Rest intervals between sets of resistance exercise are necessary to allow the exercised muscles to resynthesize intramuscular phosphocreatine and adenosine triphosphate and to remove metabolites detrimental to work production (3). It has been suggested that a 3- to 5-minute rest interval between resistance training sets is adequate to recover and perform a similar amount of work in successive sets (6-8). Under PS training, during the rest interval in which the initially exercised muscle group is recovering, the antagonist (to the muscle group initially exercised) musculature is targeted. Commonly, in a training session, sets of 1 exercise are completed before progressing to the next exercise. For the purposes of the current research, a TS protocol refers to sets of 1 exercise (e.g., bench pull) being completed before performing sets of another exercise (e.g., bench press) targeting the antagonist musculature. Assuming a similar time to complete training sessions, when comparing PS to TS, it is possible that under PS the initially targeted muscle group is better able to recover during its prolonged rest interval between like sets. This would also be the case for the musculature exercised in the second phase of the PS. Under PS, the exercises are performed in this alternating manner over consecutive sets. Assuming that more complete recovery is possible over multiple sets, VL may be increased per unit of time by concurrently training 2 muscle groups in such a manner. That is, the numerator in the “efficiency” equation (VL/t) is increased, thereby resulting in enhanced efficiency.
Commonly, athletes in a resistance training setting perform multiple sets of isotonic (i.e., load remains unchanged) exercises. To date, only 2 scientific studies have reported on the efficiency of PS in which agonist-antagonist pairings of isotonic exercises were investigated over consecutive sets, and they compared PS-type protocols to TS-type protocols where the TS-type protocols were designed to require approximately twice the time to complete. Research investigating PS in terms of efficiency in which the time to complete testing protocols is similar does not exist. To support the conclusion that PS training is efficient (16,17), research is necessary in which the time to complete protocols is held constant. It is possible that this method of training could be an efficient and efficacious method for developing strength. The purpose of this study was to investigate the efficacy (as measured by VL) and efficiency (VL/t) of agonist-antagonist PSs vs. TSs involving 2 heavy resistance exercises. It was hypothesized that PS training would provide both greater efficacy and efficiency as compared to TS.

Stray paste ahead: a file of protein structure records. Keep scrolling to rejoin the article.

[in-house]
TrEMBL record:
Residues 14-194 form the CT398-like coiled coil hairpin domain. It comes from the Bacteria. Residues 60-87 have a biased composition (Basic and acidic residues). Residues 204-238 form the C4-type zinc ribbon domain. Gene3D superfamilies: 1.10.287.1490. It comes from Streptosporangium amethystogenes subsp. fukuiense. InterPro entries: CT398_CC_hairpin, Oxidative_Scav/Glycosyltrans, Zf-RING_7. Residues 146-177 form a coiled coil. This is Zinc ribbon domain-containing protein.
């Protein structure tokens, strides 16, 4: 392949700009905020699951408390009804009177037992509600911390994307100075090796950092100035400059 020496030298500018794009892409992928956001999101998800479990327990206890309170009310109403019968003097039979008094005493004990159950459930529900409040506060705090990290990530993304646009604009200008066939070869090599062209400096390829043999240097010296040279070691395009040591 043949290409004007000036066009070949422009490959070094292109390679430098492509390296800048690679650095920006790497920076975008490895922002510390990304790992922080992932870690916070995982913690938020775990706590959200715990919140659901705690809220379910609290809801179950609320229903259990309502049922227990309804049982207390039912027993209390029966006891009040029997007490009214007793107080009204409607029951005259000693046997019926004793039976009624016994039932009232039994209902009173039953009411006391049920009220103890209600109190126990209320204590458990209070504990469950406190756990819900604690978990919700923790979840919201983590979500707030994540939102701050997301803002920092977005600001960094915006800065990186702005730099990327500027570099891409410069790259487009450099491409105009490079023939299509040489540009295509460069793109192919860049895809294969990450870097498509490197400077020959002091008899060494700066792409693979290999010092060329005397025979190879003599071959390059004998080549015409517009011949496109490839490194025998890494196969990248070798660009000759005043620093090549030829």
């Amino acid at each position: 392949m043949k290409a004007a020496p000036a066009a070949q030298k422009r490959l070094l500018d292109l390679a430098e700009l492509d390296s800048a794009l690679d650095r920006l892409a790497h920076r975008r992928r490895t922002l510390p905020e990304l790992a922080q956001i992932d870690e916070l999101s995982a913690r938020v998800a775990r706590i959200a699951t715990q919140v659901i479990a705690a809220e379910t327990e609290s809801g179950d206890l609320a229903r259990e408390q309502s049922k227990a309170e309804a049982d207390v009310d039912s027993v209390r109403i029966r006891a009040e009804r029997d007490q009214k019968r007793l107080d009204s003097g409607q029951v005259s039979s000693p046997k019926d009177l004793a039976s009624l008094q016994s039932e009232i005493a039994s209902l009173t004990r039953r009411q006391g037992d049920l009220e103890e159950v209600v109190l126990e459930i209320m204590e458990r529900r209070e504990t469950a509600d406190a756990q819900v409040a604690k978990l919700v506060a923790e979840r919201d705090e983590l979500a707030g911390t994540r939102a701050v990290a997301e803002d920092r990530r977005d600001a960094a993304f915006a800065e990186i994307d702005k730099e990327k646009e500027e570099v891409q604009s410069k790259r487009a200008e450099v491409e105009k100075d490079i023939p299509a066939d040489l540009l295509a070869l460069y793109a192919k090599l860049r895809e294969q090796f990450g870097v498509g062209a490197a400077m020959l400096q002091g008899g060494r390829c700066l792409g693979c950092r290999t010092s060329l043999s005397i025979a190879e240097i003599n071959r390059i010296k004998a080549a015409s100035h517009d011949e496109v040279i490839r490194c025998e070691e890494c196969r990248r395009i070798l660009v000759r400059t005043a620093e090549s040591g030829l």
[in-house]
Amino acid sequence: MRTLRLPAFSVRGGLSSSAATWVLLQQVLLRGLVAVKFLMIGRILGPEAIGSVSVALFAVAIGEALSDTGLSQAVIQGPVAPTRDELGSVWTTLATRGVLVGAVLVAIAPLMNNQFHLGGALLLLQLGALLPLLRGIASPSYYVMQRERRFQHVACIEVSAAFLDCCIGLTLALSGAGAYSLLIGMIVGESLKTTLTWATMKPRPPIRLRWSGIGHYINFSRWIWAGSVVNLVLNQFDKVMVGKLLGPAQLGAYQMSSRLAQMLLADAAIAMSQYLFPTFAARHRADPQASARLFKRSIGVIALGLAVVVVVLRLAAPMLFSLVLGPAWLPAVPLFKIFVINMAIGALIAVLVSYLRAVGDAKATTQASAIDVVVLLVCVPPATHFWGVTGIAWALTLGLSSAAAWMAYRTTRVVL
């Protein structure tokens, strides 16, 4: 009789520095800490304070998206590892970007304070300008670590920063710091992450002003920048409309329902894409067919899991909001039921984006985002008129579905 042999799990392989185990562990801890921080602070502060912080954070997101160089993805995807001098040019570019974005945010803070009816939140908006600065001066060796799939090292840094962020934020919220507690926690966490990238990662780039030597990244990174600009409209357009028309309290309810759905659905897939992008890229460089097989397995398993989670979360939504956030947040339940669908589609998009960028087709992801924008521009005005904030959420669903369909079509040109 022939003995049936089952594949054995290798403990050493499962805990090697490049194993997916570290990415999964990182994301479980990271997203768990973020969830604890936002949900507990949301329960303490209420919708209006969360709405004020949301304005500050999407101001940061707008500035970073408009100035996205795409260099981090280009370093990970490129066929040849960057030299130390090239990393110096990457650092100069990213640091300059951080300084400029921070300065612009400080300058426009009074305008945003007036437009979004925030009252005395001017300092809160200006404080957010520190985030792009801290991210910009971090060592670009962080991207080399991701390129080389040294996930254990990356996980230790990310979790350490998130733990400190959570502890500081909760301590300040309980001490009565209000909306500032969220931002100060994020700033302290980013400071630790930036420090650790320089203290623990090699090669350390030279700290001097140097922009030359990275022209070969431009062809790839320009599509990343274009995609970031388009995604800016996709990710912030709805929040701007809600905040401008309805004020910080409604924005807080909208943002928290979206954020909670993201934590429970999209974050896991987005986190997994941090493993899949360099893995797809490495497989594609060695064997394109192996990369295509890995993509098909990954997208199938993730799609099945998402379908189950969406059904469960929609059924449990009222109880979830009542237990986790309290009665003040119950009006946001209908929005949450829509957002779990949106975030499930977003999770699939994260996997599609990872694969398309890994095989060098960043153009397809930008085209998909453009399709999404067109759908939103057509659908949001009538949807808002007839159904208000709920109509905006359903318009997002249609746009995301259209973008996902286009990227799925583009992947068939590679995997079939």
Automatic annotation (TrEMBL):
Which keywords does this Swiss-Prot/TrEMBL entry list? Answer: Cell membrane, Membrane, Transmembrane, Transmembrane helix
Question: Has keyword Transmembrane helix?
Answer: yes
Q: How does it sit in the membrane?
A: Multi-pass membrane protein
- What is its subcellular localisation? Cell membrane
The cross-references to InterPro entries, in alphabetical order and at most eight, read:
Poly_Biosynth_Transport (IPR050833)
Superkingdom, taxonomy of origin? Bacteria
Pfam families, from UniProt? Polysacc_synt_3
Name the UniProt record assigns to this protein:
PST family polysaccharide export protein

Experimental Approach to the Problem